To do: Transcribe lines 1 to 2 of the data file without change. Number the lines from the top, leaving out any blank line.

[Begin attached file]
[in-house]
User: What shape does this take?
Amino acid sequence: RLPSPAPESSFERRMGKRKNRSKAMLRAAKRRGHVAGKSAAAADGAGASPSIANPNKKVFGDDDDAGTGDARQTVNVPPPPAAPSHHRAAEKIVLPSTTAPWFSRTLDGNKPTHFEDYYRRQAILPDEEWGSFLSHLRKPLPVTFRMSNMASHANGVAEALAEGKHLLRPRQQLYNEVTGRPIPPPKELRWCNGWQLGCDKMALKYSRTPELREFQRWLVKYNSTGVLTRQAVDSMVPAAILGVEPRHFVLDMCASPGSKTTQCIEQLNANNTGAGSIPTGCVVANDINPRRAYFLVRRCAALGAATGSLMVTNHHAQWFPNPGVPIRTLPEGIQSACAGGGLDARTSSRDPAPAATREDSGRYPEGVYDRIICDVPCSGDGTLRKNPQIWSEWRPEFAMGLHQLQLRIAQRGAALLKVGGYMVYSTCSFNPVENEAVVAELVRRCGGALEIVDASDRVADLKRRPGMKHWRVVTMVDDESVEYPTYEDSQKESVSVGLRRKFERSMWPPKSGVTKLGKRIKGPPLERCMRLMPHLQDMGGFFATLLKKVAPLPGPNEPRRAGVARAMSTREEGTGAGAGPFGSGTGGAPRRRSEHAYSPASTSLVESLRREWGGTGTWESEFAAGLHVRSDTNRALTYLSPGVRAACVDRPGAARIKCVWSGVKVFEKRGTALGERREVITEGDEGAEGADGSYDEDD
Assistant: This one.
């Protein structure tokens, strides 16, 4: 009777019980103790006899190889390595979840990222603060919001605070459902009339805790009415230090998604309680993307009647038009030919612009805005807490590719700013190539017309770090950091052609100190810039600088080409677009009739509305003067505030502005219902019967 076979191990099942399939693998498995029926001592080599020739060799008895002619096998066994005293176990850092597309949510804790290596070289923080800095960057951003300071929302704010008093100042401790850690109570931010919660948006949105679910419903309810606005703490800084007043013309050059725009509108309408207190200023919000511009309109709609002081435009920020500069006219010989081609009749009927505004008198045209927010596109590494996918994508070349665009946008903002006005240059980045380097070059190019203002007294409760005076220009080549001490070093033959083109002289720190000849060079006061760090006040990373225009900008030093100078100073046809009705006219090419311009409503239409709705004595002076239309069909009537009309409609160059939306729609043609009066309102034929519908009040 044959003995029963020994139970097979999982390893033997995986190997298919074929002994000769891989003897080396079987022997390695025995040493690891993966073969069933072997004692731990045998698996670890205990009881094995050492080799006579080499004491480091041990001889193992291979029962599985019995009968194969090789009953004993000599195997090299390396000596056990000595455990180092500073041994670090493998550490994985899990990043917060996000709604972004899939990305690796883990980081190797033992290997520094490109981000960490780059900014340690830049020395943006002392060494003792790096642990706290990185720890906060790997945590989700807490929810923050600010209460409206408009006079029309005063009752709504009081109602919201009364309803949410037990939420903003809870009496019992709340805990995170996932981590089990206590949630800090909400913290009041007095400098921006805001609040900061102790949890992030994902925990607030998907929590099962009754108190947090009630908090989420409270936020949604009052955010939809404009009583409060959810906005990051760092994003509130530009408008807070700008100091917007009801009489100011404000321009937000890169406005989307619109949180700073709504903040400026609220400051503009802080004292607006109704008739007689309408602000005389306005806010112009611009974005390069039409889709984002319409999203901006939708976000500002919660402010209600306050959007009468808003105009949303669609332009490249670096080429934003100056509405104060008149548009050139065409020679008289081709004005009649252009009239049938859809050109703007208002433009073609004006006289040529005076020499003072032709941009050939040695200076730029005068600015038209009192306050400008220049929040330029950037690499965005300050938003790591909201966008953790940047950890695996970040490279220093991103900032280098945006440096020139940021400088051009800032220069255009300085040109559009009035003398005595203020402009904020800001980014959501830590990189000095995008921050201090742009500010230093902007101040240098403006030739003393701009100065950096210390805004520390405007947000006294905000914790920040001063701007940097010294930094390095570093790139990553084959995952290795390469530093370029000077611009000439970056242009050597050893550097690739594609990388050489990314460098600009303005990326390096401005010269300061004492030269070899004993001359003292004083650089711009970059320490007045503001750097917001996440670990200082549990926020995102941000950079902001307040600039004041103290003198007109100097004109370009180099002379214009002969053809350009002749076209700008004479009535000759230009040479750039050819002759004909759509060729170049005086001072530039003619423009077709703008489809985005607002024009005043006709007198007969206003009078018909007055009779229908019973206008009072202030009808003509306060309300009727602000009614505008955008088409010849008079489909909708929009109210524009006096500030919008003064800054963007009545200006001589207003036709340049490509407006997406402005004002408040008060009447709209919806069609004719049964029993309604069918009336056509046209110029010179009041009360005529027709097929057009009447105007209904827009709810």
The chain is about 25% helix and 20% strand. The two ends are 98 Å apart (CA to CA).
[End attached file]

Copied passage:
[in-house]
User: What shape does this take?